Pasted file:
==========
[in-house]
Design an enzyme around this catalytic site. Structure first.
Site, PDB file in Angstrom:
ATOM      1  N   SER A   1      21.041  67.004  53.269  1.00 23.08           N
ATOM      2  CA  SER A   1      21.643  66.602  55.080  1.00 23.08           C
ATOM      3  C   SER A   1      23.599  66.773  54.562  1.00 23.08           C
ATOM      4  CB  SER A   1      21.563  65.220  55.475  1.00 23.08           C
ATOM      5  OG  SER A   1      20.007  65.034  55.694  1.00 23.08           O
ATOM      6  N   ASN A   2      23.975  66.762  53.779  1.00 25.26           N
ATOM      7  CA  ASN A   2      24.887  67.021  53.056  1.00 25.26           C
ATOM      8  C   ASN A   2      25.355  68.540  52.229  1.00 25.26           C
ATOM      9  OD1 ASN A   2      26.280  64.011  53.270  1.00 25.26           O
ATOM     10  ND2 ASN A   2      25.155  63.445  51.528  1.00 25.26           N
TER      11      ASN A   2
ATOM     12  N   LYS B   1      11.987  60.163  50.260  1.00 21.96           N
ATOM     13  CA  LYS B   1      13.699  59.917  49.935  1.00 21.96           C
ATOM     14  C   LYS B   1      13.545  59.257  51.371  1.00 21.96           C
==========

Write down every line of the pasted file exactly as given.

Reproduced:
[in-house]
Design an enzyme around this catalytic site. Structure first.
Site, PDB file in Angstrom:
ATOM      1  N   SER A   1      21.041  67.004  53.269  1.00 23.08           N
ATOM      2  CA  SER A   1      21.643  66.602  55.080  1.00 23.08           C
ATOM      3  C   SER A   1      23.599  66.773  54.562  1.00 23.08           C
ATOM      4  CB  SER A   1      21.563  65.220  55.475  1.00 23.08           C
ATOM      5  OG  SER A   1      20.007  65.034  55.694  1.00 23.08           O
ATOM      6  N   ASN A   2      23.975  66.762  53.779  1.00 25.26           N
ATOM      7  CA  ASN A   2      24.887  67.021  53.056  1.00 25.26           C
ATOM      8  C   ASN A   2      25.355  68.540  52.229  1.00 25.26           C
ATOM      9  OD1 ASN A   2      26.280  64.011  53.270  1.00 25.26           O
ATOM     10  ND2 ASN A   2      25.155  63.445  51.528  1.00 25.26           N
TER      11      ASN A   2
ATOM     12  N   LYS B   1      11.987  60.163  50.260  1.00 21.96           N
ATOM     13  CA  LYS B   1      13.699  59.917  49.935  1.00 21.96           C
ATOM     14  C   LYS B   1      13.545  59.257  51.371  1.00 21.96           C